Fire chief seeks delay in ocean safety transfer
Maui County Council members expressed dismay Tuesday morning when Fire Chief Jeff Murray asked for a delay until July 2015 for the long-anticipated transfer of beach lifeguards to the Maui Fire Department.
Council Budget and Finance Committee members were ready to review, with Murray, the department’s new Ocean Safety Division, but the fire chief said union and other issues necessitated the delay of the transfer of the division for more than a year.
In November 2012, voters approved a Maui County Charter amendment transferring ocean safety officers from the Department of Parks and Recreation to the Department of Fire and Public Safety. Mayor Alan Arakawa’s budget for fiscal 2014-15 calls for transferring 61.5 positions from parks to the Fire Department.
When Murray asked for the postponement, council members sat for a few moments in silence. Then, Budget Committee Chairman Mike White asked for the reason for the delay.
Murray said fire officials were working on plans to accomplish the transfer, but “as you know, the lifeguards will be moving into a new bargaining unit (Hawaii Government Employees Association Unit 14), and the discussion and negotiations start in June.”
“This comes as quite a big surprise,” Council Member Mike Victorino said. “All of us were anticipating this change from last year that would be done this year.”
He asked for an explanation from Budget Director Sandy Baz, adding that “they (members of the Arakawa administration) seemed to think it was going to be done also. So my question is: ‘Who’s on first?’ because I sure am confused right now.”
Baz said he was aware that the Fire Department continued to have concerns about taking over the responsibility of beach lifeguards. “I’ll have to discuss this new item with the managing director (Keith Regan) and the mayor before responding further,” he told council members.
Murray said his department had asked the administration to “hold off on this.” Then, he referred to a section in the Maui County Charter and said that it gives the chief the ability to decide when the transfer would happen.
Murray noted that the Fire Department appointed a fire battalion chief, Paia Fire Capt. Colin Yamamoto, as chief of ocean safety in early March. He maintained that his department has worked diligently to accomplish the transfer.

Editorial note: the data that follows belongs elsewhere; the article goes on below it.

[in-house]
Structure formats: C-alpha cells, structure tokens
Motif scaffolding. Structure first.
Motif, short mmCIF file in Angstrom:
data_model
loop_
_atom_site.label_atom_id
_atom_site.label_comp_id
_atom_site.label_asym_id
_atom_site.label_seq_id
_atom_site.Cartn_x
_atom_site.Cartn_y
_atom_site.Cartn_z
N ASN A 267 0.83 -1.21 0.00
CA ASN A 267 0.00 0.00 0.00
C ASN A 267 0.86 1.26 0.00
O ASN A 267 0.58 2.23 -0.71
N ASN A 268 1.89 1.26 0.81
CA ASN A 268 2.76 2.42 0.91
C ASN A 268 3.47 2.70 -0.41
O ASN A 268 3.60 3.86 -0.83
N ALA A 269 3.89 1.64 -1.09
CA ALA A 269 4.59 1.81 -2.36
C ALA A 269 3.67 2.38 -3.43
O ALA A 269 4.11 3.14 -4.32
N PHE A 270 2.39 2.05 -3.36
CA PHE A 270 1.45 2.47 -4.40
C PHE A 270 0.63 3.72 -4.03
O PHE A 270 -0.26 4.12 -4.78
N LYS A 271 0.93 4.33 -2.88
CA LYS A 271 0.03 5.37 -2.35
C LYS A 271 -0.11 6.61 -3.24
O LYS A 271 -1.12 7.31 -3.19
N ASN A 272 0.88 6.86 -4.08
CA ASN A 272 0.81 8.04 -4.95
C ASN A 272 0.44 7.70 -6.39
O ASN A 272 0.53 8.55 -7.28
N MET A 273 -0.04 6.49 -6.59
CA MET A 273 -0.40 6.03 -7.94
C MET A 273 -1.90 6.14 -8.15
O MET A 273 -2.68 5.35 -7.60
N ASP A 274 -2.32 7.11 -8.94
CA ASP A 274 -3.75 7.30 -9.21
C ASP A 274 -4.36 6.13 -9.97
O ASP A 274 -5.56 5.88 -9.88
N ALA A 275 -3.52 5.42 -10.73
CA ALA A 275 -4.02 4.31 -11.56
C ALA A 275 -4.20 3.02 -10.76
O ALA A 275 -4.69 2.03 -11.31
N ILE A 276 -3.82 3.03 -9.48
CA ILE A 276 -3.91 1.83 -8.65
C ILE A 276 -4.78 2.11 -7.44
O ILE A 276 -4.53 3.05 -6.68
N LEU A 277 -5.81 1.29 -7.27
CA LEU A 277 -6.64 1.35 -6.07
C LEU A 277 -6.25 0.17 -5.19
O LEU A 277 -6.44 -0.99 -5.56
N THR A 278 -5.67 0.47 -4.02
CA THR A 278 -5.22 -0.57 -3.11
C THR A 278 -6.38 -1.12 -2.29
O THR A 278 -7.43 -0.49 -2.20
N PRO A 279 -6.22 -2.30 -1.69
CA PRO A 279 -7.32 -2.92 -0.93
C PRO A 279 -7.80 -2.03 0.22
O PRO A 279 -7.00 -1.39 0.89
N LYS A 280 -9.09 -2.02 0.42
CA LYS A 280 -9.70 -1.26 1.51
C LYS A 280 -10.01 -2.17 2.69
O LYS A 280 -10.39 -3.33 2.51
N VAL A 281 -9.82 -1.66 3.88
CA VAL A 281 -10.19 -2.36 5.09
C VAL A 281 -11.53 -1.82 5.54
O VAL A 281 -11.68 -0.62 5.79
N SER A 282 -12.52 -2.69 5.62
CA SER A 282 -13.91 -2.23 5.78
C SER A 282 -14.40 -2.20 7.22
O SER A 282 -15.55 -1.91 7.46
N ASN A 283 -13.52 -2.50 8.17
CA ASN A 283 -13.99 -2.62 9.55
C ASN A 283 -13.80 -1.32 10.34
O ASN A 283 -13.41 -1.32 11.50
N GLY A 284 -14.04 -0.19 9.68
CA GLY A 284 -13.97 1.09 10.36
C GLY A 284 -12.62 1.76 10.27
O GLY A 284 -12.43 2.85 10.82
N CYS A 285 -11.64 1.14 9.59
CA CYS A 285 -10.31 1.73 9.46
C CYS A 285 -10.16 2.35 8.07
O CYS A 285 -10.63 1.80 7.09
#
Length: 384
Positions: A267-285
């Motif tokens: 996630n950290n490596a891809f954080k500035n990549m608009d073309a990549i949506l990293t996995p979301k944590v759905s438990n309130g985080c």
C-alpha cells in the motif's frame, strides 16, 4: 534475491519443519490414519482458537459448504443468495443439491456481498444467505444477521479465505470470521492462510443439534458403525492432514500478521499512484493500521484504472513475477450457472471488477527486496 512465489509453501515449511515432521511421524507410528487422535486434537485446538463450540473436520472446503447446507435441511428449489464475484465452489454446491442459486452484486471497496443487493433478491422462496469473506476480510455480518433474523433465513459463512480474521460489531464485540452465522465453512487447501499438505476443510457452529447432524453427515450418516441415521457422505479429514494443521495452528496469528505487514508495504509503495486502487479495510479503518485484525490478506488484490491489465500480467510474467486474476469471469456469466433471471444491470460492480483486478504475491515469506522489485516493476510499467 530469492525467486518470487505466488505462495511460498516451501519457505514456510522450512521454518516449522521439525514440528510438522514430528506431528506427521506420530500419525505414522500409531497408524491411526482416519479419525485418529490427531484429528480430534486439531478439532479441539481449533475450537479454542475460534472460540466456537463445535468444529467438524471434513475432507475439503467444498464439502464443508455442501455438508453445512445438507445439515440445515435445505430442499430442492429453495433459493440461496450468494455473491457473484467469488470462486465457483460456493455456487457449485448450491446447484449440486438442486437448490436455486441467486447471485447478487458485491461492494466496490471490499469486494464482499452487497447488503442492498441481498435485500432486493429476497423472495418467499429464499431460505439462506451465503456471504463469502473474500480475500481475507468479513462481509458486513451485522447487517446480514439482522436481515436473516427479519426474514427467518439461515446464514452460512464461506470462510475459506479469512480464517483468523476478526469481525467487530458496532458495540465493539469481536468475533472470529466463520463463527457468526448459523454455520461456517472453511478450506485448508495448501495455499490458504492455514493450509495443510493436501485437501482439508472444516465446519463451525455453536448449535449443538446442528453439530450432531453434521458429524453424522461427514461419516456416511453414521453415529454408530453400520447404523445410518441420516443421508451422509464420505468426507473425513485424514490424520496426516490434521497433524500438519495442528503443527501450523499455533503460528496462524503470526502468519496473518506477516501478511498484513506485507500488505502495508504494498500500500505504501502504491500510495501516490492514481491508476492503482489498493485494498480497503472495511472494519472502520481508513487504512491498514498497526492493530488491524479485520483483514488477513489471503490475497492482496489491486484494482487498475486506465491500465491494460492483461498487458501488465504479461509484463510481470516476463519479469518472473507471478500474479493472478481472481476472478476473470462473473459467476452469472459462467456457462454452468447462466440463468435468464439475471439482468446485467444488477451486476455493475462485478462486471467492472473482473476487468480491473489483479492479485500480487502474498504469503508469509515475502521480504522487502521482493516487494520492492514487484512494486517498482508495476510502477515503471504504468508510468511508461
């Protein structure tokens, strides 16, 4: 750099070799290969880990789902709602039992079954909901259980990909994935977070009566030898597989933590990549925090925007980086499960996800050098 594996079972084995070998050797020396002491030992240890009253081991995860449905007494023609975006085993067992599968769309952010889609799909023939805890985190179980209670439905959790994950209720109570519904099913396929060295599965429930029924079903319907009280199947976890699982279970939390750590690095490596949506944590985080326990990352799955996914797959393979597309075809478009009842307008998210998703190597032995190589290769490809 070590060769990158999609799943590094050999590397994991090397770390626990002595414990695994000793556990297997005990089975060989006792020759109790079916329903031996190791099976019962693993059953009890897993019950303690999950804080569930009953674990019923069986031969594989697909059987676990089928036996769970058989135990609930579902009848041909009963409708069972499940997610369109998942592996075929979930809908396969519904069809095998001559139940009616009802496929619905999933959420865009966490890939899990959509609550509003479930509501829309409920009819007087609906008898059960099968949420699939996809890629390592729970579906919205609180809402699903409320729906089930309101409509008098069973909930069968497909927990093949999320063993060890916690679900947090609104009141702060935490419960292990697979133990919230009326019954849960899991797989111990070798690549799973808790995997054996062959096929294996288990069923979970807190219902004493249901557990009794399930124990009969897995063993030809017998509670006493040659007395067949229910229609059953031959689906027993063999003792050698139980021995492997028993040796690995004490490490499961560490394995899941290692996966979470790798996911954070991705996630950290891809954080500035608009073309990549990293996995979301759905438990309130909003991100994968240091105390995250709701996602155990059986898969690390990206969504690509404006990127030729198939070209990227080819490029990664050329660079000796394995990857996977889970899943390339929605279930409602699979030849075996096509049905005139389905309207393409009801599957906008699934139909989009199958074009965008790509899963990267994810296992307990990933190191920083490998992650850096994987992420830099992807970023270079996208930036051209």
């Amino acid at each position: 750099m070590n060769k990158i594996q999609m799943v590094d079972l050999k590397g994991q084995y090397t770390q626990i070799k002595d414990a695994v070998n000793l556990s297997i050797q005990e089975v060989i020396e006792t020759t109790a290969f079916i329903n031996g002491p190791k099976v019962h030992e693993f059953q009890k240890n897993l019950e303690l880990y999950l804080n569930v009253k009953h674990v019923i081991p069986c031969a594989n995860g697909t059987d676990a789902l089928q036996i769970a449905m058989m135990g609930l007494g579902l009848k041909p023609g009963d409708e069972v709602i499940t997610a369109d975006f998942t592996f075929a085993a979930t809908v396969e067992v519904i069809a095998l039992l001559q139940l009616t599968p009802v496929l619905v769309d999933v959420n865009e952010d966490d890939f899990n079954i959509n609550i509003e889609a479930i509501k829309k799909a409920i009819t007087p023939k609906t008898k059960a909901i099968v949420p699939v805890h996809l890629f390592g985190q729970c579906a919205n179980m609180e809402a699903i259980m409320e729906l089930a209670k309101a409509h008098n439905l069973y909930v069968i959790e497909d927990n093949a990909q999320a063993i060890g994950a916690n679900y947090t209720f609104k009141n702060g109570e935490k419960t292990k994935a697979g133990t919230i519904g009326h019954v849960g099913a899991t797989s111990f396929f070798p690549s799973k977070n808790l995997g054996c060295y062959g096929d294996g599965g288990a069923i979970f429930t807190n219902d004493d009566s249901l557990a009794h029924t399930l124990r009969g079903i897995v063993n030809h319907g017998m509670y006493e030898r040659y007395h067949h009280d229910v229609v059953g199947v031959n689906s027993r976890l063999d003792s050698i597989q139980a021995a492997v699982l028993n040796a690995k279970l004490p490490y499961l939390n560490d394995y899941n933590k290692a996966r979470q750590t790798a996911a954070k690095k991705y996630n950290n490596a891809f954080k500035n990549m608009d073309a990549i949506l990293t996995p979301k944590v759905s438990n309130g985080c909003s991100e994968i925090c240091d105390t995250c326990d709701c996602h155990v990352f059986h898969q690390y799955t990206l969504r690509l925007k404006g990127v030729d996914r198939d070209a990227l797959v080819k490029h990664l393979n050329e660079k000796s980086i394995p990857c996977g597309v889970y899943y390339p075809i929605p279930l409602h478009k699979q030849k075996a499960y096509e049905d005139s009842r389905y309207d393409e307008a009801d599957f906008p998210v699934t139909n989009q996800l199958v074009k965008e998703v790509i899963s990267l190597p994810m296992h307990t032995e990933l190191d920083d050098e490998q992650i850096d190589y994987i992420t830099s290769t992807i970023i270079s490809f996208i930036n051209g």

“What we need to realize is there’s a lot of underlying things to deal with the union as we move forward,” he said. “We have our guy in (place) a month and a half now, and we’re still ironing out the procedures.”
Council Member Riki Hokama, who chairs the council’s Policy and Intergovernmental Affairs Committee, said he was in full support of Murray.
“The chief has, in my understanding of the situation, good grounds not to pursue this at this time,” he said. “There are legal issues for me, regarding stewardship of the committee I chair, and those are big issues that need to be discussed with corporation counsel, and I would recommend executive session.”
Committee members questioned whether the fire chief has the power to determine when the transfer of lifeguards to the Fire Department would happen.
The Maui County Charter (Section 15-4) says that upon the adoption of the 2012 charter amendment for the division transfer, the Department of Fire and Public Safety “shall provide the timetable for the transition to include the functions of shoreline and ocean rescue and safety.”
Victorino and Council Member Don Couch said they had not seen a timetable.
“I’m just taken aback at the timing” of disclosing the year’s delay in transferring lifeguards to the Fire Department,” Council Chairwoman Gladys Baisa said. “This should have been told to us a long time ago, in fact before we were given this budget.”
Victorino agreed, saying “I’m upset. . . . All this reeks of wasting time.”
Committee members voted unanimously to go into a closed-door executive session, which lasted for about an hour. When they emerged, it wasn’t clear whether the matter had been resolved.
White announced that the committee had finished its review of the Fire and Public Safety Department and was moving on with its budget deliberations.
The panel continues meeting at 9 a.m. today in the eighth-floor Council Chambers in the Kalana O Maui building.
* Brian Perry can be reached at email@example.com.